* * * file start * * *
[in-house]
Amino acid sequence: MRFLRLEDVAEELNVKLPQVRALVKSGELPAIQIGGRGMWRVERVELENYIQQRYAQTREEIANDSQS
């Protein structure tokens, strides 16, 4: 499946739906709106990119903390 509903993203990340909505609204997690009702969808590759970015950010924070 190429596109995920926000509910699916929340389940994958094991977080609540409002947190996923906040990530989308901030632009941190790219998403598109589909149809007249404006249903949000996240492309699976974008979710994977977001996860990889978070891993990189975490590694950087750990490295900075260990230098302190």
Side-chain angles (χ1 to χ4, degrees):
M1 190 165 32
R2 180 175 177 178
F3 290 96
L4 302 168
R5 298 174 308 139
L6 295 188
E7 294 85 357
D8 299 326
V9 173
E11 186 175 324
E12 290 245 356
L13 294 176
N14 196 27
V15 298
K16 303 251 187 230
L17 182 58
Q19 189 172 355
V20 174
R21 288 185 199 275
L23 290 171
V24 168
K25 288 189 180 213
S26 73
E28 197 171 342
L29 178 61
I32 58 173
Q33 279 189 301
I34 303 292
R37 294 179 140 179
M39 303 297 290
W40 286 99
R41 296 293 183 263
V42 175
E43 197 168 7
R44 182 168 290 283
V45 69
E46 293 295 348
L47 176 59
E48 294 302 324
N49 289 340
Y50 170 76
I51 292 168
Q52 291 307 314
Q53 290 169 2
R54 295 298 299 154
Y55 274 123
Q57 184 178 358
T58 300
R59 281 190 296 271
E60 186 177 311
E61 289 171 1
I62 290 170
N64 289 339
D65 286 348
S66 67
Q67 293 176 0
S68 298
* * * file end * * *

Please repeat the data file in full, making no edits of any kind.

[in-house]
Amino acid sequence: MRFLRLEDVAEELNVKLPQVRALVKSGELPAIQIGGRGMWRVERVELENYIQQRYAQTREEIANDSQS
């Protein structure tokens, strides 16, 4: 499946739906709106990119903390 509903993203990340909505609204997690009702969808590759970015950010924070 190429596109995920926000509910699916929340389940994958094991977080609540409002947190996923906040990530989308901030632009941190790219998403598109589909149809007249404006249903949000996240492309699976974008979710994977977001996860990889978070891993990189975490590694950087750990490295900075260990230098302190």
Side-chain angles (χ1 to χ4, degrees):
M1 190 165 32
R2 180 175 177 178
F3 290 96
L4 302 168
R5 298 174 308 139
L6 295 188
E7 294 85 357
D8 299 326
V9 173
E11 186 175 324
E12 290 245 356
L13 294 176
N14 196 27
V15 298
K16 303 251 187 230
L17 182 58
Q19 189 172 355
V20 174
R21 288 185 199 275
L23 290 171
V24 168
K25 288 189 180 213
S26 73
E28 197 171 342
L29 178 61
I32 58 173
Q33 279 189 301
I34 303 292
R37 294 179 140 179
M39 303 297 290
W40 286 99
R41 296 293 183 263
V42 175
E43 197 168 7
R44 182 168 290 283
V45 69
E46 293 295 348
L47 176 59
E48 294 302 324
N49 289 340
Y50 170 76
I51 292 168
Q52 291 307 314
Q53 290 169 2
R54 295 298 299 154
Y55 274 123
Q57 184 178 358
T58 300
R59 281 190 296 271
E60 186 177 311
E61 289 171 1
I62 290 170
N64 289 339
D65 286 348
S66 67
Q67 293 176 0
S68 298